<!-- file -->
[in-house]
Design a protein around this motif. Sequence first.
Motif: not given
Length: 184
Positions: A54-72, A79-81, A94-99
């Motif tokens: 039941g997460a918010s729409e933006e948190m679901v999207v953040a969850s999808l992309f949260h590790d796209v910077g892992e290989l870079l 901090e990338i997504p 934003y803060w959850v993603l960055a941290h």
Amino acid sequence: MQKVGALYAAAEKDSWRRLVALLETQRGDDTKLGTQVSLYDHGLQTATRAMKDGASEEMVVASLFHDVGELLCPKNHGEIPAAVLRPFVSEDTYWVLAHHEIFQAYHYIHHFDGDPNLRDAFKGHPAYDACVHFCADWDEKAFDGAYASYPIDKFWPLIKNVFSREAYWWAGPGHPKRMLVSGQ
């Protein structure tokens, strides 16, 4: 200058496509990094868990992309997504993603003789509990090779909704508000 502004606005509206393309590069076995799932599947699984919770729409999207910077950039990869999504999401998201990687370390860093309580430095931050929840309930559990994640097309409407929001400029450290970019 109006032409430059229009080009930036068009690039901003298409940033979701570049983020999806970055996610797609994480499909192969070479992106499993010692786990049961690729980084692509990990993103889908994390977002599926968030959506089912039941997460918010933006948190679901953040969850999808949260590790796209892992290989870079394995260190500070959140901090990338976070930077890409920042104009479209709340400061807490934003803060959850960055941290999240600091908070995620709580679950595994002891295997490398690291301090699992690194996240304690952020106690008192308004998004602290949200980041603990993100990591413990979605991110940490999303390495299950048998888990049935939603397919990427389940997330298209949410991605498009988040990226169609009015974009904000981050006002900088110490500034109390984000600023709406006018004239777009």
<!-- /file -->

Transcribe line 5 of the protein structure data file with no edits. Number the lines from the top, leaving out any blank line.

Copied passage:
Positions: A54-72, A79-81, A94-99